+ Are baptized members of another Faith Community who are interested in entering into the Full Communion of the Catholic Church.
+ Are baptized Catholics who have not receive Eucharist and/or Confirmation
+ Are fully initiated Catholics who have been away from your faith community and have come home and wish to learn more about your faith.
Should any of these statements define where you currently are in your faith journey, please contact Fr. Sal Stefula for more information (813) 839-5337 Ext. 115. Also, please see the frequently ask questions which might provide more information.
What Steps are involved?
I. The first pillar in the RCIA journey is the Inquiry (or Pre-Catechumenate) Period. In this period, time is given to:
a. Ask any questions one may have related to the Catholic Community.
b. To reflect on Scripture and Prayer in our daily lives.
c. To look at the Story of the People of God and each of our stories.
d. Enough time is provided in order for the individual to determine if he/she is being
called to join this community of believers. This could be a few months to a year.
e. To experience a moment of conversion where the individual discerns if they are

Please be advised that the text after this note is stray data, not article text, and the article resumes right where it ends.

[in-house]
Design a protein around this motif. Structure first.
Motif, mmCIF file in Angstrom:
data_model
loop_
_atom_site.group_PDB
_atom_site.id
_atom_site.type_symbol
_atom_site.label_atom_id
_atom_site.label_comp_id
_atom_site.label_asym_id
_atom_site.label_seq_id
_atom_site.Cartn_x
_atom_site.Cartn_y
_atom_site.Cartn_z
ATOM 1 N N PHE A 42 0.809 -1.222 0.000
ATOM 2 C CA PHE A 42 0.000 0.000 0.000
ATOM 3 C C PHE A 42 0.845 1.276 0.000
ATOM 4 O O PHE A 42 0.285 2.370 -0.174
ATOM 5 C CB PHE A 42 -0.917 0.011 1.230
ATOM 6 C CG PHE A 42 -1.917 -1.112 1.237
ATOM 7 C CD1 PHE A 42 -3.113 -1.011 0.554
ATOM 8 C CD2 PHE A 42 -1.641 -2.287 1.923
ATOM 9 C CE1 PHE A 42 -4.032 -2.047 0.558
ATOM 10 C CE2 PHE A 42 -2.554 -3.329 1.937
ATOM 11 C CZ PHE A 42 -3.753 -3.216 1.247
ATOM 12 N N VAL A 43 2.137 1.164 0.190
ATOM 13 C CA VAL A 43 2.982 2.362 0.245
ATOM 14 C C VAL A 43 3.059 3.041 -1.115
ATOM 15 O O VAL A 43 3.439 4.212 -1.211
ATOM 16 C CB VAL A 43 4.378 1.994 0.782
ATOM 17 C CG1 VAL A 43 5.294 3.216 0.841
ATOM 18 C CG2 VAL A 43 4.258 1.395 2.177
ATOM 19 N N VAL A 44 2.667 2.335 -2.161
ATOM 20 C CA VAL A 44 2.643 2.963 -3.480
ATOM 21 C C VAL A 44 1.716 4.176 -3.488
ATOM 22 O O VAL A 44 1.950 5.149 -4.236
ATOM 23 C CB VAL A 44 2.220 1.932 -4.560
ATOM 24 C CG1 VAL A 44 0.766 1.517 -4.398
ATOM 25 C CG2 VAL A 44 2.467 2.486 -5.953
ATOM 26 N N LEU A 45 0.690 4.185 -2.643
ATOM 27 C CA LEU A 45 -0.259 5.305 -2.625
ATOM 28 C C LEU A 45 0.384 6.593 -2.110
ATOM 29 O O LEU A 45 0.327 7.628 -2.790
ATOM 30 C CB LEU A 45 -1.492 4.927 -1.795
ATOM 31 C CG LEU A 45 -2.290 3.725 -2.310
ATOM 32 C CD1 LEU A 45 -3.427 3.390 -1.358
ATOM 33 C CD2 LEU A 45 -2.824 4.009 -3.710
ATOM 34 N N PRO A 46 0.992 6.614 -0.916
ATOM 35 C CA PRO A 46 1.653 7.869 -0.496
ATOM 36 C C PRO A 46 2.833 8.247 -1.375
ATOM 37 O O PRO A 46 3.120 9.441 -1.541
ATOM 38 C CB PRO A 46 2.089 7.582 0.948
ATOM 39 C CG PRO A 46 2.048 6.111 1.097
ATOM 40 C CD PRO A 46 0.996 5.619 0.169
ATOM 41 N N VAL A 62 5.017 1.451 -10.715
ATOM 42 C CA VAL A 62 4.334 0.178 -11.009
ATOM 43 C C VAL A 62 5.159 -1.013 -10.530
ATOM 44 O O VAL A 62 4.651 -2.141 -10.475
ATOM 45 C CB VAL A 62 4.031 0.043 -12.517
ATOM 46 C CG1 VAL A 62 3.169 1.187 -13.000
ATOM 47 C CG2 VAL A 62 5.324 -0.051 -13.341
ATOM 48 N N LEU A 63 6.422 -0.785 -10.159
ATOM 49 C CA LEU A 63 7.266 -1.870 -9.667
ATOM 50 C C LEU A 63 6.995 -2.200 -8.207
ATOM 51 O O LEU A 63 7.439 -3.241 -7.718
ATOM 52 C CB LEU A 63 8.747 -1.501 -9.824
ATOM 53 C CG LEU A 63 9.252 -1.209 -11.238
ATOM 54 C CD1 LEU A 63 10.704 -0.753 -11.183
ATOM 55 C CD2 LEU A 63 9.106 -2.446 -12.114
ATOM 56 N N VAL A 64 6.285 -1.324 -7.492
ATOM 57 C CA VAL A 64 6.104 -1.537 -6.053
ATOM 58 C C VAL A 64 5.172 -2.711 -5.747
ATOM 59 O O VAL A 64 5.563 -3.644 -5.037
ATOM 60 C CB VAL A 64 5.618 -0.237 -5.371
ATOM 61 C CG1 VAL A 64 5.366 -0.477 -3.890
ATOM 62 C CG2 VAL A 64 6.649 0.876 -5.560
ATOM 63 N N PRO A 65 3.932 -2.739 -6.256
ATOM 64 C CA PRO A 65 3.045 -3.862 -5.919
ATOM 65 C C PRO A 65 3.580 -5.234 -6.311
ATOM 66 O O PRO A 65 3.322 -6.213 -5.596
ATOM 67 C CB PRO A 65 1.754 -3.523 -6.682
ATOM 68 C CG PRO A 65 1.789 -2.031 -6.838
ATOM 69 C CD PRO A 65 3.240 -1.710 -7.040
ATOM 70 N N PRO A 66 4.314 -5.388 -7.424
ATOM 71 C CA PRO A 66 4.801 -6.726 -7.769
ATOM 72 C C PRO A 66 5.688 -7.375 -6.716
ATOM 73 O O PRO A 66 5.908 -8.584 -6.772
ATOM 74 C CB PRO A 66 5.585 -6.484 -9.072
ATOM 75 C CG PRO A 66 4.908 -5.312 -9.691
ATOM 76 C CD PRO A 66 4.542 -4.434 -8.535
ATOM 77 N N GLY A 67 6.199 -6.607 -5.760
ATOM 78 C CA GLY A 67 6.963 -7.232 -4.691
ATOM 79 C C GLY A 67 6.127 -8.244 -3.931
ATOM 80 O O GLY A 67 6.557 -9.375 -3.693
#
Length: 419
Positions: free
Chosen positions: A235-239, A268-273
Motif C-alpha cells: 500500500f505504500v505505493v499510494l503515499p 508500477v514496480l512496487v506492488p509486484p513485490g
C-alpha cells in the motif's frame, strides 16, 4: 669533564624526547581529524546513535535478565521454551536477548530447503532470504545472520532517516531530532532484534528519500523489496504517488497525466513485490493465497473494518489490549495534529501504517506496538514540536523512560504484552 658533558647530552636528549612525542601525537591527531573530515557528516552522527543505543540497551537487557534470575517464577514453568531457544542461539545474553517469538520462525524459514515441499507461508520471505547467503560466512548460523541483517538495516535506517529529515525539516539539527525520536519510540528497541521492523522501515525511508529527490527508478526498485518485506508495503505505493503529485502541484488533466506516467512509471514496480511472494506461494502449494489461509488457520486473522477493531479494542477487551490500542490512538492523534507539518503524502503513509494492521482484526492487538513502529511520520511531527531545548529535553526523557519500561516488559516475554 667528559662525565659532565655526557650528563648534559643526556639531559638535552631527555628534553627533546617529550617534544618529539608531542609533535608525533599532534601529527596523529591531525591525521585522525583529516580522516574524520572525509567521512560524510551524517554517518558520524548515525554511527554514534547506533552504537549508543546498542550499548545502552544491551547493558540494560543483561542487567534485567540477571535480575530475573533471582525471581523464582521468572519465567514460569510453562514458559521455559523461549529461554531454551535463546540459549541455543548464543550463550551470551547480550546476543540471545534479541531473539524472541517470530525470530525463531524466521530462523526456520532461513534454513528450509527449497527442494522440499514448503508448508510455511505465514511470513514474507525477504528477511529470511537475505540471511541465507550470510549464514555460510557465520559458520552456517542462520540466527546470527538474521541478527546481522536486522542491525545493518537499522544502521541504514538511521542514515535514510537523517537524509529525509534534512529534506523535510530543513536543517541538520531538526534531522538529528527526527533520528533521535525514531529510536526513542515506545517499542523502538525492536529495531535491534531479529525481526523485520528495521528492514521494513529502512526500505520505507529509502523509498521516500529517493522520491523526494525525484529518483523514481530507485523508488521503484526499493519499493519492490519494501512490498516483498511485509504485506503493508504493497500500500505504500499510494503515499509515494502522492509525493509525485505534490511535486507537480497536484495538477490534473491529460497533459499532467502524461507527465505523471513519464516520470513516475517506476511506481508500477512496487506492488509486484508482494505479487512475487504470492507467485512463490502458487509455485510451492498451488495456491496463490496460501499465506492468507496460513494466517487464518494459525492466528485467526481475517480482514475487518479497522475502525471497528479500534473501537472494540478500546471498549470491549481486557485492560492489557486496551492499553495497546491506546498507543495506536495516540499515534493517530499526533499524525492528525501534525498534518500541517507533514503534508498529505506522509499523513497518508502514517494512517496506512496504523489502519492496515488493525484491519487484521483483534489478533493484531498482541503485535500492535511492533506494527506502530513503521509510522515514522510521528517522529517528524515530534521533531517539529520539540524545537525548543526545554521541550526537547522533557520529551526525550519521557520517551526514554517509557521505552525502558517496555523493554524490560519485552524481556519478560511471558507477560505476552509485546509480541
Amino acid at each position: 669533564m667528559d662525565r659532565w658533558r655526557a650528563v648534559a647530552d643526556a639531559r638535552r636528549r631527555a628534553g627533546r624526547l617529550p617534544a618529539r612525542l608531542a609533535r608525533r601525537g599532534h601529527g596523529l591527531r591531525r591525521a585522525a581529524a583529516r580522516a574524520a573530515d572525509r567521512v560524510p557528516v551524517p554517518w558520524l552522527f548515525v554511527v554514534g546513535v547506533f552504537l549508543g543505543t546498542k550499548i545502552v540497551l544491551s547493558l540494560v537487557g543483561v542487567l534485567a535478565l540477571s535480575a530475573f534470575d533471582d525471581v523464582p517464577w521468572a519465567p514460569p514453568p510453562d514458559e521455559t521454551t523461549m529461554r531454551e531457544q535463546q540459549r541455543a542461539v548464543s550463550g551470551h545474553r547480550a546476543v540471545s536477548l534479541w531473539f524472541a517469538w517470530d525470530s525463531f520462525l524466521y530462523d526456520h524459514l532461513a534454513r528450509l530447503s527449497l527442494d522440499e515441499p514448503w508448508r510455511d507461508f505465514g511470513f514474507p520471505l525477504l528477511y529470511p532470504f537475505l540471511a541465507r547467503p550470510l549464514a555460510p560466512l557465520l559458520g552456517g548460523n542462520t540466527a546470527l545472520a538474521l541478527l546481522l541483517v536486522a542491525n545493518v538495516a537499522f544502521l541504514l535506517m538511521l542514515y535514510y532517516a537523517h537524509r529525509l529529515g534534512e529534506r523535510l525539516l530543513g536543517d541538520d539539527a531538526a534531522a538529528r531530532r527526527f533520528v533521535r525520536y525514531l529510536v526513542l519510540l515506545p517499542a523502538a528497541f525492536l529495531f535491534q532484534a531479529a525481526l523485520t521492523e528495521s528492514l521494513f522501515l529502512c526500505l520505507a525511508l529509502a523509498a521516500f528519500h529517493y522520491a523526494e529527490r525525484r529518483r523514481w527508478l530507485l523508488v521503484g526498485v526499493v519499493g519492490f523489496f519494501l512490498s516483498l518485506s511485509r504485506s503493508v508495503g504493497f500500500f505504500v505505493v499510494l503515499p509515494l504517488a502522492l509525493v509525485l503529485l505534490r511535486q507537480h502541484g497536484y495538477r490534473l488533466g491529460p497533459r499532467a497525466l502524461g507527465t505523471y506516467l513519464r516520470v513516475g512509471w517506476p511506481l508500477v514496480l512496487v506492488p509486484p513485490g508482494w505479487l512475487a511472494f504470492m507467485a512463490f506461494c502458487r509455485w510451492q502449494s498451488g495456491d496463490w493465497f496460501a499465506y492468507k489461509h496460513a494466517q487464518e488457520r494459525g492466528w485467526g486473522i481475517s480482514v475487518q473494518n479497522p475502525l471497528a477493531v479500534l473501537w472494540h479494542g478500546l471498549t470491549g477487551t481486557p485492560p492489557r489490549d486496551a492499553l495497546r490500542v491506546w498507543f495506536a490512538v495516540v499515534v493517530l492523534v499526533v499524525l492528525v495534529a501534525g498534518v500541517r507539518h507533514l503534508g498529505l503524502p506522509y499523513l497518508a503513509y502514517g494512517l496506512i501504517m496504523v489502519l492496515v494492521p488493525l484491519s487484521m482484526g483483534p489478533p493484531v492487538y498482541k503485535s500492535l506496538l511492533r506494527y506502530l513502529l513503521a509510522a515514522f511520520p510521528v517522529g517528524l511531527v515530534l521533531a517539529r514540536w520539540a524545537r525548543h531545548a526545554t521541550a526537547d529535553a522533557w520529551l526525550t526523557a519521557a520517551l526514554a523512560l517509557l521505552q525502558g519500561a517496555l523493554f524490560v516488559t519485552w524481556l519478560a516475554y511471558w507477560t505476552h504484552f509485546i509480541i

called to move forward.
II. The second pillar is the Period of the Catechumenate. This is the longest period in the journey. The journey brings to maturity the calling from the Inquiry Period and is manifested in four ways:
a. Catechesis -A time of serious study of the tenets of the Church
b. Liturgical rites – Public Rites as well as joining the community in Sunday Liturgy
c. Community life – Becoming an active member of the faith community of St. Patrick
d. Stewardship – giving of your time and talent
III. The third pillar is known as the Period of Purification and Enlightenment. This period corresponds to that liturgical time known as Lent and has the character of a time of retreat (a time of stepping away from normal life to spend time in reflection, prayer and praise). This is for the elect who are preparing for Baptism, for the Candidates who will complete their initiation or enter the full communion of the Catholic Church, and for the faithful who will commemorate their own Baptism at Easter.